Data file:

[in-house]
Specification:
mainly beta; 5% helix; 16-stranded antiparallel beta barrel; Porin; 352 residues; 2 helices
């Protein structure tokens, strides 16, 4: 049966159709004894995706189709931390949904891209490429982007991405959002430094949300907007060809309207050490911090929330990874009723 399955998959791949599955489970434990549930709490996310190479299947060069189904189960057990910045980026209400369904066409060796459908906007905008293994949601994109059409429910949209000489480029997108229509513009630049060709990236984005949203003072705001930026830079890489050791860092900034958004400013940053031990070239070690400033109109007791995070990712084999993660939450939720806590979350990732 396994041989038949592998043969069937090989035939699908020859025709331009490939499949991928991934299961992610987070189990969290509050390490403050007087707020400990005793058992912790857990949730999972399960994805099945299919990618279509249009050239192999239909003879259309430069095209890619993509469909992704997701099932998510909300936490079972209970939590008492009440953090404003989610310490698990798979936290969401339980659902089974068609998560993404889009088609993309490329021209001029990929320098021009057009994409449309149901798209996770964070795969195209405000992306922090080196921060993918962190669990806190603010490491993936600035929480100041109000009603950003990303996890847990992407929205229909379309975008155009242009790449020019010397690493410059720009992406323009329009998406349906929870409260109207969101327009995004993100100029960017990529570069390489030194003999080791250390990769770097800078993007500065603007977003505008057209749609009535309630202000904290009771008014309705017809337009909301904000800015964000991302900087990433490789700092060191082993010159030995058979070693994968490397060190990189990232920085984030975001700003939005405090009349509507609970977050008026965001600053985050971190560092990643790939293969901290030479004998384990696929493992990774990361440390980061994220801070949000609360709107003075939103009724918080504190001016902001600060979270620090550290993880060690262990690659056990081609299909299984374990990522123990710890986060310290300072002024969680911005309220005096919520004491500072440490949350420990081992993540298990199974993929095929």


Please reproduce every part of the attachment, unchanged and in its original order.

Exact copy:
[in-house]
Specification:
mainly beta; 5% helix; 16-stranded antiparallel beta barrel; Porin; 352 residues; 2 helices
């Protein structure tokens, strides 16, 4: 049966159709004894995706189709931390949904891209490429982007991405959002430094949300907007060809309207050490911090929330990874009723 399955998959791949599955489970434990549930709490996310190479299947060069189904189960057990910045980026209400369904066409060796459908906007905008293994949601994109059409429910949209000489480029997108229509513009630049060709990236984005949203003072705001930026830079890489050791860092900034958004400013940053031990070239070690400033109109007791995070990712084999993660939450939720806590979350990732 396994041989038949592998043969069937090989035939699908020859025709331009490939499949991928991934299961992610987070189990969290509050390490403050007087707020400990005793058992912790857990949730999972399960994805099945299919990618279509249009050239192999239909003879259309430069095209890619993509469909992704997701099932998510909300936490079972209970939590008492009440953090404003989610310490698990798979936290969401339980659902089974068609998560993404889009088609993309490329021209001029990929320098021009057009994409449309149901798209996770964070795969195209405000992306922090080196921060993918962190669990806190603010490491993936600035929480100041109000009603950003990303996890847990992407929205229909379309975008155009242009790449020019010397690493410059720009992406323009329009998406349906929870409260109207969101327009995004993100100029960017990529570069390489030194003999080791250390990769770097800078993007500065603007977003505008057209749609009535309630202000904290009771008014309705017809337009909301904000800015964000991302900087990433490789700092060191082993010159030995058979070693994968490397060190990189990232920085984030975001700003939005405090009349509507609970977050008026965001600053985050971190560092990643790939293969901290030479004998384990696929493992990774990361440390980061994220801070949000609360709107003075939103009724918080504190001016902001600060979270620090550290993880060690262990690659056990081609299909299984374990990522123990710890986060310290300072002024969680911005309220005096919520004491500072440490949350420990081992993540298990199974993929095929």